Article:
Um, I’m going to start out with a question. How, do you know how much the state of New Jersey pays for services for illegal aliens? Anybody got a guess? (Ok, let’s fail to recognize that as a matter of fact illegal immigrants do pay taxes. That is never mentioned by these people because it doesn’t make the argument as good.)(Man shouts “too much!”) Too much, ok. Any idea, anybody want to throw out a number? (Man shouts “3 billion.”) I’m hearing all different numbers – 2, FAIR did a study on this (I trust their study. I’m sure it wasn’t weighted at all by agenda.)2.1 billion dollars per year. 2.1 billion dollars per year. That’s a conservative estimate. Now they did this study by looking at um, at three factors only – education, healthcare, and incarceration for criminals. (As apposed to incarceration for children, which is what happens before they’re deported.)Ok, so they looked at, they did an estimate, for example, for education, the number of uh children of illegal immigrants that are in the school system and they looked at the cost of education from K through 12 and so they figured out the cost somewhere I think about 1.8 something billion, you know. (Yeah, why bother getting the numbers right. That’s not important.) And they looked at incarceration and healthcare, pretty much the same way and they didn’t even look at like the soft costs, things like bilingual interpreters (yes this is providing someone a job – probably an American citizen, but who cares.)in the court system and you know welfare benefits for American citizens and legal residents that have been pushed out of their jobs, you know they didn’t even look at that stuff, I mean it was a very conservative study. So that’s 2.1 billion dollars of your taxes that are going for social services for illegal immigrants, ok. Or illegal aliens, whatever…
The other thing is how much money do you think is leaving the state of New Jersey in the form of remittances going to Latin America? Anybody got an idea? Million dollars? Remittances are like people that come over here and do, you know, day labor construction, whatever, and they send money back home, you know, in the form of small checks that go to their families. (A man says “about a billion.”) Yep, about a billion, and there’s also agency called the Inter-America Development Bank which is a Latin America agency formed in the 1950’s which monitors economic and social progress in Latin American countries. They keep track of this. Now this is not some right wing think tank or something. This is a Latin American agency and they have done studies of this and you can go on their website and get this information, um, and they estimate over a billion dollars from New Jersey, they also estimate that based on current figures by 2010, and there was an article in the Washington Post a couple of months ago. They estimate that from the country as a whole, from the United States as a whole by the year 2010 it’s going to be over a hundred billion dollars. Now this is money that is leaving our country. This is money that could be used to improve our infrastructure. (Yes and Americans also send billions of dollars outside the country in the name of charity – link) This is money that can be used to bolster our economy. (How?)And, um, if you go on their website, it’s just interesting, because I had to laugh. It’s not funny, but you know if you don’t laugh you cry. If you go on their website where they have this, they have these maps and these figures, uh, the Inter-America Development Bank – they have a title for it and it’s called “Exporting Financial Democracy” (she laughs) I mean, like when the money leaves here and goes there its exporting financial democracy – I mean, c’mon. Um, ok so those are the facts and you know why is this happening? I mean what’s going on here, why, why is all this money leaving our country? Why are we spending all of this money on services for people? It’s like to corporations and the politicians are bringing, they’re importing third world poverty into our country and we the middle class are paying for this. We are paying for the social services for these people (As are they since they pay taxes.) while the corporate elites and politicians are getting rich. (I think they’re already rich.)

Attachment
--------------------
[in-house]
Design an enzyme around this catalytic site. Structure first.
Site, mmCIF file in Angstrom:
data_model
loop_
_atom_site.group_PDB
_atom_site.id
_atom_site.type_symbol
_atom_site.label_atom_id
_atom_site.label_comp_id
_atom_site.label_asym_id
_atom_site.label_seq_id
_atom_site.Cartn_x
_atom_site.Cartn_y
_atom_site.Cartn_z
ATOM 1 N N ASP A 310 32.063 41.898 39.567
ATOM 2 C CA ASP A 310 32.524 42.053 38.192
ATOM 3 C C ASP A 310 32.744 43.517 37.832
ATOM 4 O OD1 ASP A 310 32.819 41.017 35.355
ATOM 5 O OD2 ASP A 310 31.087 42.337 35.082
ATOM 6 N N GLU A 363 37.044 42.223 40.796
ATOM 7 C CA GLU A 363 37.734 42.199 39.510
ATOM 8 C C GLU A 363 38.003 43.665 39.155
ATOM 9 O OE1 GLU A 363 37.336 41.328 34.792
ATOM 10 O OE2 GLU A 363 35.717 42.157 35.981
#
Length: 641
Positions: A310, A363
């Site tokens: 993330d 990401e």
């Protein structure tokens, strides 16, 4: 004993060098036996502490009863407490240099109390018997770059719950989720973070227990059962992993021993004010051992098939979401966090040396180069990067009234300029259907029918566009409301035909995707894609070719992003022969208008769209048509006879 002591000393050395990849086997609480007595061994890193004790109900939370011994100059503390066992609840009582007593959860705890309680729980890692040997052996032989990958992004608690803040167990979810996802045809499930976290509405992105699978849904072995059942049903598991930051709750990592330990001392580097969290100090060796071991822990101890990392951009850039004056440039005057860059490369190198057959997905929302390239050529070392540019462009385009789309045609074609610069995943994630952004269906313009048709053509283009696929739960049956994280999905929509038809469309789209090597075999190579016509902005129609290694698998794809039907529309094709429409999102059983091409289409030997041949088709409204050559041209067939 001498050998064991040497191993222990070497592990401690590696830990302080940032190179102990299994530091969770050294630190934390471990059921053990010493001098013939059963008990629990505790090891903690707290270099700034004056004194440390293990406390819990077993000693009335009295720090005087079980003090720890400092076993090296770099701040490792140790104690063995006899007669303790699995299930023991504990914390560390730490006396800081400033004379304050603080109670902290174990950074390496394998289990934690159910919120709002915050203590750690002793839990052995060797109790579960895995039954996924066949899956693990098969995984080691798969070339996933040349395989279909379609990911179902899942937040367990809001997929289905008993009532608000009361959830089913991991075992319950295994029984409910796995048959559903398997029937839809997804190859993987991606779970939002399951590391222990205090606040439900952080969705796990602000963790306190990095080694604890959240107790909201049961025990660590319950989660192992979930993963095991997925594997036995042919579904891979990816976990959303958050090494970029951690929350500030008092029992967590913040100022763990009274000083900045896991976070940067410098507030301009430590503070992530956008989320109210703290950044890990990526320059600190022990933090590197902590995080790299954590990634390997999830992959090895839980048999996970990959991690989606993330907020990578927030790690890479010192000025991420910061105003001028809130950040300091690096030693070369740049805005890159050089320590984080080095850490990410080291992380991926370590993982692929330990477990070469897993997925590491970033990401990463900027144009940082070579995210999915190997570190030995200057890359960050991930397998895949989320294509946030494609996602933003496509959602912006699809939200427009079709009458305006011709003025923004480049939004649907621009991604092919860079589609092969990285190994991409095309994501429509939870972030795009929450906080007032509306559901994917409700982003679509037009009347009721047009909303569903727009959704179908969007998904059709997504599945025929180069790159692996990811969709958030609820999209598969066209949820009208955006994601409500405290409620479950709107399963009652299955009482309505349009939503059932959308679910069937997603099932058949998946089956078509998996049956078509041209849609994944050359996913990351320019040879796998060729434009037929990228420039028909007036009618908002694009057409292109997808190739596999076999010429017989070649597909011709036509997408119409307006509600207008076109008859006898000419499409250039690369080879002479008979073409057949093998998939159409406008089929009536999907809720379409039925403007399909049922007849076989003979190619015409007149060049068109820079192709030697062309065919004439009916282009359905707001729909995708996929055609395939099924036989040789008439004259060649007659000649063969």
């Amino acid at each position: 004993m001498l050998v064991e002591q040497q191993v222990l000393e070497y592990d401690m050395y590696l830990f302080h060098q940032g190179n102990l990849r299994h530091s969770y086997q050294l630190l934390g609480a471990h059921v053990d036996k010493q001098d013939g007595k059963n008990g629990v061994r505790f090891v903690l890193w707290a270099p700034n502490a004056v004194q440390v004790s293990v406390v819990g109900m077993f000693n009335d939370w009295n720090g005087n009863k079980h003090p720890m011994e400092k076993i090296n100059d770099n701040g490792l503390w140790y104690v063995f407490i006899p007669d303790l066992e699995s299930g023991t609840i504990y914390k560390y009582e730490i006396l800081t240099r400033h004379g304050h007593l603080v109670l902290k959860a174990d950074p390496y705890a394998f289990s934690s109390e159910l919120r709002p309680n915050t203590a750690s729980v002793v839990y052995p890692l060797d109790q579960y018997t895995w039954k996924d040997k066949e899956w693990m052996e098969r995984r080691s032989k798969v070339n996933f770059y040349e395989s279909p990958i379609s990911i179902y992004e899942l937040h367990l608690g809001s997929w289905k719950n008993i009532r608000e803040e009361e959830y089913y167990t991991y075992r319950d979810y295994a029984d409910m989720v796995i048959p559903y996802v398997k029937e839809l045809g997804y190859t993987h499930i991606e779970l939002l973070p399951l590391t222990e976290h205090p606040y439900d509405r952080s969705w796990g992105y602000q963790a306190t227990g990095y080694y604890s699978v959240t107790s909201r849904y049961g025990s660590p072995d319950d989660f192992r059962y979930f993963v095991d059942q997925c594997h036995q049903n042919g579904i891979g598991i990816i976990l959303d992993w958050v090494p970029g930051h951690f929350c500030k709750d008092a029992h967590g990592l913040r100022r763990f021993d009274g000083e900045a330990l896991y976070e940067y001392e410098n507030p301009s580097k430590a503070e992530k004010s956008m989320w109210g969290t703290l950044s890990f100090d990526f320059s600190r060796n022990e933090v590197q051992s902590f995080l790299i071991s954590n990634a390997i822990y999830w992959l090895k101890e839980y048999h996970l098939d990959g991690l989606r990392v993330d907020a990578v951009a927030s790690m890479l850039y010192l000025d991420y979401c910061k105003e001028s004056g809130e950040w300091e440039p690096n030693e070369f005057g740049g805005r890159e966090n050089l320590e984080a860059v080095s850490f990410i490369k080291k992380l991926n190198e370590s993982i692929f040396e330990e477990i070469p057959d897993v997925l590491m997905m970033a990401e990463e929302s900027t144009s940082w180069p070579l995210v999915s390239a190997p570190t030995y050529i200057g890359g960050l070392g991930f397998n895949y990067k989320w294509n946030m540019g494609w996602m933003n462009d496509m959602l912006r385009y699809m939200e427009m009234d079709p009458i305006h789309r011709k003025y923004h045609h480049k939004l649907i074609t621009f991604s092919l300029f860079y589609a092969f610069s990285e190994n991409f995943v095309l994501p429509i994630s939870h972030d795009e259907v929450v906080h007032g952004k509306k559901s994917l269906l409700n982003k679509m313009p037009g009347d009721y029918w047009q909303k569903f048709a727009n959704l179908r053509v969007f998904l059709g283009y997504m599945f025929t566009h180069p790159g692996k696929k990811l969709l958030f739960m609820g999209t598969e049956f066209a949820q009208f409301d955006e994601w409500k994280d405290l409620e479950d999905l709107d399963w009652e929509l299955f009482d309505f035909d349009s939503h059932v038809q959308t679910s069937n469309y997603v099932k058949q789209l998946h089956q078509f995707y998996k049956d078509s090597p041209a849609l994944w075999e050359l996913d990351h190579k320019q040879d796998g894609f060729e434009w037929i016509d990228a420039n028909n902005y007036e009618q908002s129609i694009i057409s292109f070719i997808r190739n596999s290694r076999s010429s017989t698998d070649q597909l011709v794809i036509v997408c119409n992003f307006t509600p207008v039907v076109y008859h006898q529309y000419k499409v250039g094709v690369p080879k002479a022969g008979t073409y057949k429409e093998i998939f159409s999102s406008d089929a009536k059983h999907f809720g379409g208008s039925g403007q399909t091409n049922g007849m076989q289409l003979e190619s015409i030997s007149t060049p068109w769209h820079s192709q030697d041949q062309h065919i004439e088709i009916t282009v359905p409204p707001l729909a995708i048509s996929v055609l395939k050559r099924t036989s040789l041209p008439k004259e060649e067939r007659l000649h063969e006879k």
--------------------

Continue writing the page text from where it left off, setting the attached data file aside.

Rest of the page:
So what’s going on here? Why are they doing this? Well I’ve been thinking about this cause I’m really kind of curious as to what’s going on (I’m sure they weren’t aware – you only formed a group which I believe implies you are interested in the issue which your group is against)and I think there’s two possibilities. I think there’s, I think there’s two possibilities and I’m not sure which is true, but I’m going to throw it out there as just something to think about and if you have any ideas you let me know. I think for one thing I think there’s a certain arrogance. I think there are people in power that just – it’s like they just feel like this country is rich and it’s powerful and nothing’s going to change you know there’s nothing that can harm us. There’s nothing, you know, no matter what we do we’re always going to be rich and powerful. Well the fact is we are a rich and powerful country, but we’re not going to be rich and powerful for very long if this keeps up. (I’m sorry, but you’re talking about small pence when compared to the money this country is borrowing to fund the Iraq war. Maybe you should be protesting against that.)Ok, so that’s something that we need to, that we need to know. The other possibility is that they couldn’t care less. They just don’t care about the middle class. They don’t care about hard working people that are legal citizens, legal residents and citizens, and um as long as they’re doing alright I guess they figure that eventually this country’s going to have what’s called an hour glass economy. There’s going to be a whole bunch of people at the bottom, a small group of people at the top, and essentially no middle class. (I’d have to look this up, but it sounds more like a pear.)And as long as they make out ok, you know they couldn’t care less. (Well since all these rallies long for the days of yore, why not just go back to when that’s the way the economy worked in this country – rich and poor with not much in between.)